Parking in a perfect world

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Updated Nov 30, 2015
Here she is all shined up in the lights.Here she is all shined up in the lights.

Sometimes, being able to come home to sleep every other night isn’t as neat as it sounds. Sometimes, you spend the 15 hours listening to whiny-ass people cry about how awful your truck is, and how horrifying it is that you actually have to park it somewhere to get some rest.

How dare you, you filthy trucker?

We have a compounded problem with parking at home. It begins with the fact that our neighbor, who definitely doesn’t eat rat poison or hate truckers, feels the need to call the law on George when he brings his truck to the house. We have a shared driveway, and even though we have easement rights to the driveway for farm equipment, the neighbor insists that he doesn’t want the truck on the driveway, and pitches a hissy fit when it’s even mentioned. It doesn’t help that the law tells us, “We don’t want to see your court documents — those are for court. This is a civil matter, take it to court.”

So basically, they’re telling us we have to go to court every time he wants to park the truck in front of our house – which is on a farm, and far away from the delicate psyche of the residents of Mad River Township, who are mortally offended enough by big trucks to have enacted a parking ban for all commercial vehicles in their fair and bucolic township, thus rendering the space he got permission to use from the local drug store unlawful, and sending him on yet another search for parking at home.

Here’s the difference between three years ago me and now me: I’m not even mad.

I actually get it, I really do. Truckers are their own worst enemies sometimes, and I get why they don’t want the trucks in their township. What I don’t get is why someone doesn’t see the huge opportunity for revenue and set aside a lot down by I-70 – which happens to have 20,000 trucks a day sailing up and down it, right smack in the middle of the township. These drivers are begging for parking in that corridor – there’s one rest area between Dayton and London, and it’s packed full 24/7. There is a desperate need, and what better way to keep the trucks out than set them a spot aside, away from your residential area?

My first instinct was, of course, to go nuclear and destroy the entire board of trustees by giving every trucking page on Facebook their email and phone numbers and telling them they hate truckers, but I’ve mellowed a little in my old age and fatness, so I called the trustees instead, and opened a line of communication with them, and as it turns out, they’re very sympathetic.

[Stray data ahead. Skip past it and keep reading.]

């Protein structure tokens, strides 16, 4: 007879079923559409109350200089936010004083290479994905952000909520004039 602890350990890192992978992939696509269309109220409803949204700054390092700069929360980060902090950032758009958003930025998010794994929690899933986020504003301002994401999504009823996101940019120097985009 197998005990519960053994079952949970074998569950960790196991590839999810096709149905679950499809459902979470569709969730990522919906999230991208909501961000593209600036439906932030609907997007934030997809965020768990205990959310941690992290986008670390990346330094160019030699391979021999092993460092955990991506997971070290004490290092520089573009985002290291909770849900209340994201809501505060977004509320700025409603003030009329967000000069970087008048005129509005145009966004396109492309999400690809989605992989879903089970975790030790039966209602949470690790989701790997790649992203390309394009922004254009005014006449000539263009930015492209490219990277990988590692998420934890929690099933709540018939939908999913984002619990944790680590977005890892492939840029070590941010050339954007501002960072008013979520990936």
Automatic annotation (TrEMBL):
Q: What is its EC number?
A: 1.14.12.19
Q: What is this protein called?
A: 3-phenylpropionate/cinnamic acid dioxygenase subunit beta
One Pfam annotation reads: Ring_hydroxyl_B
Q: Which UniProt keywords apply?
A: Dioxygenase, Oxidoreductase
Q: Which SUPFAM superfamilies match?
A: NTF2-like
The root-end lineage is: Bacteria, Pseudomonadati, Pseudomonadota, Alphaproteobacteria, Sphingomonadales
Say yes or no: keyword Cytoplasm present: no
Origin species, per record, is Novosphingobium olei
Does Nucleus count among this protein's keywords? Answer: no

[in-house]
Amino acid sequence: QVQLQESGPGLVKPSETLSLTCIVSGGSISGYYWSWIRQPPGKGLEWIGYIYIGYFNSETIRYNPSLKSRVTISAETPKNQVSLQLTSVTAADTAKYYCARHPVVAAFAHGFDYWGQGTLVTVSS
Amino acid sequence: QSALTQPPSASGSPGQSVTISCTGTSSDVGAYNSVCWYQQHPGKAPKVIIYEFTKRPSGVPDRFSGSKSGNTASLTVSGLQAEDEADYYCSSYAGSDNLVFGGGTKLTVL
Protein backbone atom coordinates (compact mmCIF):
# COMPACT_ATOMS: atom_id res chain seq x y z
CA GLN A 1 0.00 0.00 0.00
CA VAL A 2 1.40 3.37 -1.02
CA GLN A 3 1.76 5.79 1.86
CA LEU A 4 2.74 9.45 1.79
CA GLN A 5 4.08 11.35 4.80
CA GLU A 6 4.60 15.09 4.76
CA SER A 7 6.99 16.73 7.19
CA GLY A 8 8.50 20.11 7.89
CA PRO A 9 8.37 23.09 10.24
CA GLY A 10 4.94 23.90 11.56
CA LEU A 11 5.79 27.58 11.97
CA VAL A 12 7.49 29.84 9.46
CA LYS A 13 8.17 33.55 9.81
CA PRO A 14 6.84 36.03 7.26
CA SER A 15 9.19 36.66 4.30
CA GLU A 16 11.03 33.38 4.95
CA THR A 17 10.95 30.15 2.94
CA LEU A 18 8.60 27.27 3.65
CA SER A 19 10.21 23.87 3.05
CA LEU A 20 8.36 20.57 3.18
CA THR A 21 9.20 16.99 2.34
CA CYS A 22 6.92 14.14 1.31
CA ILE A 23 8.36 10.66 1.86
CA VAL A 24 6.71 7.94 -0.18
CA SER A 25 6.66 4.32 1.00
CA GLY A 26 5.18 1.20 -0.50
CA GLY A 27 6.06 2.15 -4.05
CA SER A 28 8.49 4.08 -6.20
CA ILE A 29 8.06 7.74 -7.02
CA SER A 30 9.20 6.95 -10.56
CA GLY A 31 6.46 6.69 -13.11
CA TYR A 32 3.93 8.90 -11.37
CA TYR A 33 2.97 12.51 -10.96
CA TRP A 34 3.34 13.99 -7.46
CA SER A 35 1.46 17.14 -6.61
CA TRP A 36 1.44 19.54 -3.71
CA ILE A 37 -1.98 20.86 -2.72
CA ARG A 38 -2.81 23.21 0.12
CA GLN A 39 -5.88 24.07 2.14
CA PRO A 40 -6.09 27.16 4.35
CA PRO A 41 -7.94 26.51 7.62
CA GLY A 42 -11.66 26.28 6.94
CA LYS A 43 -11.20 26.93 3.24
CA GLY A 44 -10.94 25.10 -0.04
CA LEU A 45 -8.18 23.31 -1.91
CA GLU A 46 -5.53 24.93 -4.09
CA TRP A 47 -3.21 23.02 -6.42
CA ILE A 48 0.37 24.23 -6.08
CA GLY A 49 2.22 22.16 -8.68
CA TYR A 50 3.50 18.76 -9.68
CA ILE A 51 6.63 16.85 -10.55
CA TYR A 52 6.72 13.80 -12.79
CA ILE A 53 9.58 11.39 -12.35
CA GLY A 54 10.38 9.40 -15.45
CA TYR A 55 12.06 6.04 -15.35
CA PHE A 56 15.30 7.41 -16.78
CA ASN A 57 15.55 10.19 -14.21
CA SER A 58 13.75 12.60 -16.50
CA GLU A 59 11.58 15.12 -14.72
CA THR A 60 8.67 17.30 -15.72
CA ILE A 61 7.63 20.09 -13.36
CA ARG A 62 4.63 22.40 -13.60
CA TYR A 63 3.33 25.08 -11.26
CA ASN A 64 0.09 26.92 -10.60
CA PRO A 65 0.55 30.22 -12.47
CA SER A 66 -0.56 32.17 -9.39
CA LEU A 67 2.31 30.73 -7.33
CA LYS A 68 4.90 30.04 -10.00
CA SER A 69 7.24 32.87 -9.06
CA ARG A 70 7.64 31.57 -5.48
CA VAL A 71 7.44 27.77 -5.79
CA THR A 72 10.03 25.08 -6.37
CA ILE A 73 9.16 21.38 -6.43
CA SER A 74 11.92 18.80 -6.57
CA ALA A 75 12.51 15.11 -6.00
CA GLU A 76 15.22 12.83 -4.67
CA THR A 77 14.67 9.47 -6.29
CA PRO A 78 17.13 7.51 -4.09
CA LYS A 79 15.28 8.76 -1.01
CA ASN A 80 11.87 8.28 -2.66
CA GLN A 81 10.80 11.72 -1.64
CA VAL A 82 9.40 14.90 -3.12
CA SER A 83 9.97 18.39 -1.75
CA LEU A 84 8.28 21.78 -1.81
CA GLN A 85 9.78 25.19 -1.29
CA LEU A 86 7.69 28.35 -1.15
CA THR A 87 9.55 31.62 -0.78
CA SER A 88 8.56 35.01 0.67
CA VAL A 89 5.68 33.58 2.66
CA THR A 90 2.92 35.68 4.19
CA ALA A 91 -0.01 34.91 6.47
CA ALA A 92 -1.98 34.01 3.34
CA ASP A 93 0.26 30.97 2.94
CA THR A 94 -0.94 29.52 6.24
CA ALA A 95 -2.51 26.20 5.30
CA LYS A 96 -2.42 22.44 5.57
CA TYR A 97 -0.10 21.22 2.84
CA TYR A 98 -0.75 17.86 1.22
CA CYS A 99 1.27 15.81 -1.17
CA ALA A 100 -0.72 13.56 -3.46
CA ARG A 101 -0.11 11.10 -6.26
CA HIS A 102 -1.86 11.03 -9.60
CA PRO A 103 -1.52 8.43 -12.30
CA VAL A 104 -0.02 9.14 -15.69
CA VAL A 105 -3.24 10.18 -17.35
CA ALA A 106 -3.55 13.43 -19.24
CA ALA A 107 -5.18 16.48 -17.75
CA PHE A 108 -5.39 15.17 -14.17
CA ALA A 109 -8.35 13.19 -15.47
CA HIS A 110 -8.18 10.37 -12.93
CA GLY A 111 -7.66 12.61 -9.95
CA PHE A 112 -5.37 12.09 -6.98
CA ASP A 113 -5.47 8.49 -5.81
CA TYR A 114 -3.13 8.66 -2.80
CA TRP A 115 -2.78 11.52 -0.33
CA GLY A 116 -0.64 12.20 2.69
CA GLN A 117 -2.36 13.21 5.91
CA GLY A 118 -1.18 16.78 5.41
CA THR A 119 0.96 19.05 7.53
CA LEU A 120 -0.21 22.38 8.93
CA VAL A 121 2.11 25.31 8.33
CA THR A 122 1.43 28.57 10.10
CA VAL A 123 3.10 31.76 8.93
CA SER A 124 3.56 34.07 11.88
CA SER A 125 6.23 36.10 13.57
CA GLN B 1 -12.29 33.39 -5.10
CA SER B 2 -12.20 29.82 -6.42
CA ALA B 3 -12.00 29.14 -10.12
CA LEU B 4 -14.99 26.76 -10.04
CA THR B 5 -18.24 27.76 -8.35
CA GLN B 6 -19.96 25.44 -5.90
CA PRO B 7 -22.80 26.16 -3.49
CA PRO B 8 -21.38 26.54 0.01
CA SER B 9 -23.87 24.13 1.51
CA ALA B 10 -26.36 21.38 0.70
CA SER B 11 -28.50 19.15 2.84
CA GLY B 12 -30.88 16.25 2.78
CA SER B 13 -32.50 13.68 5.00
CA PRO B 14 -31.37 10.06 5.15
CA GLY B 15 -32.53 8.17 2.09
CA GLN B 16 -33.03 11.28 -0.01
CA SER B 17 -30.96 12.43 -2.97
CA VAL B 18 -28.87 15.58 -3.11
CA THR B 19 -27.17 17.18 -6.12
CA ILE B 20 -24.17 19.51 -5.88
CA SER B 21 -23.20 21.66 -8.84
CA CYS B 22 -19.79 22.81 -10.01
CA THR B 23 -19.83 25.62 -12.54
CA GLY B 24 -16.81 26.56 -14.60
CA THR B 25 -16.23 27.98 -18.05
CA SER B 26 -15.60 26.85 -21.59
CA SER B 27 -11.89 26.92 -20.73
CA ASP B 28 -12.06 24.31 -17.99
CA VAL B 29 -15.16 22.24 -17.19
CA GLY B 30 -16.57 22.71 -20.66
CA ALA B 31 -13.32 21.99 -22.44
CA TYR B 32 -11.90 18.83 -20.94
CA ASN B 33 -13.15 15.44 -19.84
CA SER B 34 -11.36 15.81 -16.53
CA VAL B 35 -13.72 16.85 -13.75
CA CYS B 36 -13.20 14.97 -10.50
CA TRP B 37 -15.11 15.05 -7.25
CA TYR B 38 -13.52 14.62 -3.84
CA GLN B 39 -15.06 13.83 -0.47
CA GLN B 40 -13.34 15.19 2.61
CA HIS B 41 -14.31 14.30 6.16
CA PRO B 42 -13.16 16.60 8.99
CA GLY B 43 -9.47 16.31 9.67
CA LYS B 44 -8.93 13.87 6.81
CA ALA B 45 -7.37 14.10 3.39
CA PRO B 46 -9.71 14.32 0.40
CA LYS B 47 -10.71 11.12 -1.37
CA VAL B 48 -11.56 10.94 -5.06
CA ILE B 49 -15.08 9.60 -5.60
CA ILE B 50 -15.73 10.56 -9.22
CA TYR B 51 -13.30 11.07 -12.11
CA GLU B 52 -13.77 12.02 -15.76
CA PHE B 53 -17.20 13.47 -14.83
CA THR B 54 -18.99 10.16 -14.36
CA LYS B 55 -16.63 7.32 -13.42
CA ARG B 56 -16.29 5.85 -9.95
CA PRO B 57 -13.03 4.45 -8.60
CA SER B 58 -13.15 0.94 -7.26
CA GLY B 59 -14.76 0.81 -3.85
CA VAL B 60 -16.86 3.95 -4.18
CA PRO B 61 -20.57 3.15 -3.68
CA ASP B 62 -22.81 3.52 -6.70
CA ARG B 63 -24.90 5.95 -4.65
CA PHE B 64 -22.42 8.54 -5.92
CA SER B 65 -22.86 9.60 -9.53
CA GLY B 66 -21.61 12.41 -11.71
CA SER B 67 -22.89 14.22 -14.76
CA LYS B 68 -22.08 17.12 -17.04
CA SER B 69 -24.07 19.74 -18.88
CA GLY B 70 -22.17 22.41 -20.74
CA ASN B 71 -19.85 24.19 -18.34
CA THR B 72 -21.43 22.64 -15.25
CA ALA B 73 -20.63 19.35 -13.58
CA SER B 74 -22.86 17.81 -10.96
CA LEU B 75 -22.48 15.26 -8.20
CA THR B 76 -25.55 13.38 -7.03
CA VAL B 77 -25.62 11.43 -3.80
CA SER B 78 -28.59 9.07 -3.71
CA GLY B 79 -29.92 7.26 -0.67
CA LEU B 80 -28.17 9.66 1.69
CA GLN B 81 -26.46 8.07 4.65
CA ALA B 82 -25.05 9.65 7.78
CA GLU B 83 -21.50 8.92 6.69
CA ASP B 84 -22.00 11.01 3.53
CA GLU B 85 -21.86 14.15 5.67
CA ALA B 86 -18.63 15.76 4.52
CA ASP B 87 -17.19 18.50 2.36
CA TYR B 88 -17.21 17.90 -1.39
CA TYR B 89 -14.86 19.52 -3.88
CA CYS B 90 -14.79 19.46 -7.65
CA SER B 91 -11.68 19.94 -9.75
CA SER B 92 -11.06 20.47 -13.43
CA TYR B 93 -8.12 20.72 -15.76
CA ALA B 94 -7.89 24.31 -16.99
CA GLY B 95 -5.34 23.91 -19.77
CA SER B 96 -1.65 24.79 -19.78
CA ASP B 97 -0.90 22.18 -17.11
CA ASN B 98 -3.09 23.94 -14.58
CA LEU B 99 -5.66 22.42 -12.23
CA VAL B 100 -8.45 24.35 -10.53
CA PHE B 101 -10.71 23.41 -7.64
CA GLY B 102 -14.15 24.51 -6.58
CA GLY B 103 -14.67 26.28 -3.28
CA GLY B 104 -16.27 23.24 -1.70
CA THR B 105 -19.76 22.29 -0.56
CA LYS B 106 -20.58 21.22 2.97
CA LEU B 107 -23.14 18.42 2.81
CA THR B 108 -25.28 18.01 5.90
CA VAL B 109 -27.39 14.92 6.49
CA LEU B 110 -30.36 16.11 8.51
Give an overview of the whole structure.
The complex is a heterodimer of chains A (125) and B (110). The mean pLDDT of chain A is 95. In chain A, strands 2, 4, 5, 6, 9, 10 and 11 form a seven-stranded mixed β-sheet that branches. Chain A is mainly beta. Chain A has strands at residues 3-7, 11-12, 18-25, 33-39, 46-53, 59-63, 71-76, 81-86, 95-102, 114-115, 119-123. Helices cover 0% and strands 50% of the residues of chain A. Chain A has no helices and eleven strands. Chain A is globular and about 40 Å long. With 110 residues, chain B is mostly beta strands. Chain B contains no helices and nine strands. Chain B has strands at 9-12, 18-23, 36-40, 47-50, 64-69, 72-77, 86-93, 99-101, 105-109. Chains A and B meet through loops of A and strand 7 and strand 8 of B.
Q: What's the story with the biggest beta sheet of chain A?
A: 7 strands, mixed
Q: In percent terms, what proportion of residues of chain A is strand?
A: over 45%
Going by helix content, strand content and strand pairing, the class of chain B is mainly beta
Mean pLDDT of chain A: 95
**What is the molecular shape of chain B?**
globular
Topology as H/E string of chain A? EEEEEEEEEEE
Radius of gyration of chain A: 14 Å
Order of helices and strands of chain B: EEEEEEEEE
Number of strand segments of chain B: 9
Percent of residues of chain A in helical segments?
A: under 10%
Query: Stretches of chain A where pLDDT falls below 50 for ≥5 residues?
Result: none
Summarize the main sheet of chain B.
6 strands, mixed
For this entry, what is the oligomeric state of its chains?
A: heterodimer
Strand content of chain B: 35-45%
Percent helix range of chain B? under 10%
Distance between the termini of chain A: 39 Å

Trustee Catanzaro related stories to me about driving his family produce trucks down to Georgia and back, and trying to stop for just a quick nap in a parking lot. He said, “I’d just doze off and a billy club would hit the side of the truck. Bam! Wake up and move, boy!” I think this guy really understands, and he’s willing to help us look for solutions, which are always more effective than bans on anything.

So on August 17, at 7:30, I’m going to speak at the Mad River Township public meeting, in an attempt to educate the general public on some of the constraints the trucking industry is under regarding hours of service and parking issues. I’m going to remain cordial and open to suggestions, because that’s what grown-ups do, and if I preach it I’ve got to live it. I’m going to stress that we want to remain lawful, and we don’t want them to lift their parking ban, but rather, offer alternatives – even if we have to pay for them – that’s not an issue. No one should expect these small communities to offer free services. Better yet, they should be led to understand the vast amounts of money spent in the industry, and encouraged to get their piece of it.

Here’s irony for you — there’s no truck parking available at the “public” meeting. So, for all intents and purposes, it’s not an entirely public meeting, it’s a meeting open to those who have vehicles deemed appropriate to convey them to the meeting in, but that’s just another point to bring up at the meeting.

We’ll attempt to Periscope the event; it should be entirely legal to publicly broadcast a public meeting, but I don’t want to upset anyone, so if they don’t want me to I’ll be respectful of their wishes.

Until then, I’ll be sitting in the corner, rocking, and eating Zantac by the handful, because I really hate to speak in public. It’s a lot different to write a story. I have an editor and a backspace button – two things my brain may need to develop a little more before talking to real live human beings.

Sometimes, trucking is hard.